Has the move towards local content helped the growth of local companies?
Lately, there has been a lot of encouragement from the government for local content, but it is mostly coming through for small businesses. It is mostly for soft areas, such as services that do not require extensive investment, engineering or development. The focus is not on the hard-core local content that is needed to address challenges in the oil, water, soil and corrosion sectors.
Being an IT company that seeks to diversify, we need to have endorsements and to compete with international companies in many areas. This is why KNPC came up with an initiative for local companies. KNPC says that they spent KWD 4.5 billion [USD 14.9 billion] out of KWD 16.3 billion [USD 53.8 billion] between 2012 and 2016 on local content in Kuwait.
The challenge that we face is how we can benefit from it in all areas. We know that there are initiatives giving local companies preferential treatment in different segments, but I do not know if IT is one of them. It would be nice to have a stated target for a portion of that.
Overall, we feel that local companies need to be enabled. They need to be given the chance to work on small projects, such as small municipal projects, to gain experience and have the chance to lead. They could also sponsor industrial developments and manufacturing capabilities. These cost a lot of money to develop.
Could you give us an update on the rollout of smart petrol stations in the country?
This has been set up as a soft launch and has not been announced to the public yet. We are working on a marketing campaign with the client. They want to make sure it works perfectly when they launch since it is an integration of a variety of technologies, especially for payment methods.
It uses applications on smartphones, which is a concept that is not very mature in Kuwait. It needs to appeal to the public. One also needs to make sure that it works 100%. The system infrastructure is already working. The stations, machines, all the hardware and the background systems are set. Even the mobile applications are already tried and tested. The client just needs to launch the platform.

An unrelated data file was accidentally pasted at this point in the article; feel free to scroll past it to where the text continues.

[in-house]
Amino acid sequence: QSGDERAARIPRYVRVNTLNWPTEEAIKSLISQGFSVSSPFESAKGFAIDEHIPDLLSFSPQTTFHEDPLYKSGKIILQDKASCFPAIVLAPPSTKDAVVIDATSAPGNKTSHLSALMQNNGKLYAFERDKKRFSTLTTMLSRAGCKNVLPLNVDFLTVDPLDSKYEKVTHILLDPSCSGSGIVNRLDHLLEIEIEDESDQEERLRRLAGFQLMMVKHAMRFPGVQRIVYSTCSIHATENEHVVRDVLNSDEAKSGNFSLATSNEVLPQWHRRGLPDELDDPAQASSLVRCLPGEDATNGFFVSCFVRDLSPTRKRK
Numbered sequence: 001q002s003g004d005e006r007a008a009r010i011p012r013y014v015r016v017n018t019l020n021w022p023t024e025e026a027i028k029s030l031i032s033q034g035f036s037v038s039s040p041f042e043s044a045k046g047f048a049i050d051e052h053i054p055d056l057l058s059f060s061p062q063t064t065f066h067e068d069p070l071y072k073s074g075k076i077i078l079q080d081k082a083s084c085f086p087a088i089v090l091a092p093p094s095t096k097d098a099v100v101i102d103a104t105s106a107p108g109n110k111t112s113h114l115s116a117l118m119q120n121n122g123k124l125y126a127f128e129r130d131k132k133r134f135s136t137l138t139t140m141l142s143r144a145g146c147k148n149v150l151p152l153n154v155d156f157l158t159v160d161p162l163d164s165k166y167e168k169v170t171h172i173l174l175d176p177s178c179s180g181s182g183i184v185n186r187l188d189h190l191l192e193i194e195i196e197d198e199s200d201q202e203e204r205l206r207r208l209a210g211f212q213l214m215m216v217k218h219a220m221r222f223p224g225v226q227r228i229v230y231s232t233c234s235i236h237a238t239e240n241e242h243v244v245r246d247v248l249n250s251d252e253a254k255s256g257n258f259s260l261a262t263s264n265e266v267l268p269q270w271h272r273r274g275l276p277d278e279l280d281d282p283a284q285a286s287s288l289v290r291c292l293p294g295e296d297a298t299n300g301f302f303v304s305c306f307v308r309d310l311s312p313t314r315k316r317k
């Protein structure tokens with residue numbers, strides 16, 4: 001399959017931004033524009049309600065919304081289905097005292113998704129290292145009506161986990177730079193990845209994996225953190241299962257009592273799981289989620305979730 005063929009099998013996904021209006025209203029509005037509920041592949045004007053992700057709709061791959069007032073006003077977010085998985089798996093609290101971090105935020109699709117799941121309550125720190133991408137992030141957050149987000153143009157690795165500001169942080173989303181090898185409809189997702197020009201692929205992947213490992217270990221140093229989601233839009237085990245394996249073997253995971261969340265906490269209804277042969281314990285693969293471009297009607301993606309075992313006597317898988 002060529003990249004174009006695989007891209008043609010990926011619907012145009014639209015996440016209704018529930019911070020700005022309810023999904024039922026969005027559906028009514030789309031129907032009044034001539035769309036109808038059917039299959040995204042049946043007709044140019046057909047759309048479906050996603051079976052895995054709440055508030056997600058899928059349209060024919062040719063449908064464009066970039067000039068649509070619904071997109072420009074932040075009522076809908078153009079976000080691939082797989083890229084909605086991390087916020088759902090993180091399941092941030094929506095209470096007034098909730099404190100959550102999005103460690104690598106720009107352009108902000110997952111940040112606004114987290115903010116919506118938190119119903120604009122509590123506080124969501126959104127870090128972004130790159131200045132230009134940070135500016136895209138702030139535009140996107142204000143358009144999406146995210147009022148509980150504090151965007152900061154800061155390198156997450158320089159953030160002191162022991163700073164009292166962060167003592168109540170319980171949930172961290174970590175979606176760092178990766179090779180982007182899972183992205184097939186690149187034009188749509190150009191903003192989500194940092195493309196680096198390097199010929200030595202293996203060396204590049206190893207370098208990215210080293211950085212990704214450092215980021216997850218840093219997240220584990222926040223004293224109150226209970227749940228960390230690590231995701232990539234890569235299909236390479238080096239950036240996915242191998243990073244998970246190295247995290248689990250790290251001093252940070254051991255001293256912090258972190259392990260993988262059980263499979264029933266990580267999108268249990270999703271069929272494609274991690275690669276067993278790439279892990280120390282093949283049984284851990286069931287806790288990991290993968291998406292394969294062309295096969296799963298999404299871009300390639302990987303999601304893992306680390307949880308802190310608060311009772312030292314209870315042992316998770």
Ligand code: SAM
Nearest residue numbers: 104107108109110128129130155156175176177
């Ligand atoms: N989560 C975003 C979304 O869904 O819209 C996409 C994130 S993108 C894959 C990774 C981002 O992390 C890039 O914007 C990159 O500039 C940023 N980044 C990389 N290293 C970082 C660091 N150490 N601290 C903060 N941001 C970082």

How lucrative have smart petrol stations been in the UAE?
Technically, it has been very successful. We have more stations right now. The concept opened the horizon to provide more services, such as supermarkets, in every station.
We are seeing the same thing in filling stations operated by the private companies in Kuwait. They are concentrating on establishing outlets for sales other than fuelling.
Our services include network monitoring and insuring continuous operations of all components of the system. We have a local support base to guarantee smooth services to customers.
What are the company’s current activities and key recent milestones?
We provide IT solutions and services from security to solution integration, taken from different leading suppliers of technology. We add value by customising and integrating these solutions to help our customers grow their businesses and address their challenges. We are the leading systems integrator in Kuwait.
While we cover almost all industries, we want to grow by concentrating on oil and gas in terms of IT. We license and support the various software that we provide to our major customer in Kuwait.
We collaborate with major players to assist us in this. We provide services in production reservoir management and subsurface network and focus on data analysis. Everything circles around how this data can be utilised.
Diyar is now growing into a regional company, and a stronger one. We are proud to say that over the last years we had a significant rise in revenue, a portion of that is thanks to our oil and gas division.
Right now we want to consolidate what we have. We want to capitalise on what we know and provide more services in these areas. However, we are keeping our eye on any new developments in the industry, mainly in terms of data management. Perhaps we will enter into some joint ventures that will allow us to present stronger references. That is something we are willing to consider.
Our five-year plan is to double the size of the company. Whether it be in utilities, oil and gas, education, government, hospitals or healthcare, we are neutral about working with any industry. We would like to serve all vertical industries and are not limiting our growth targets to a specific sector.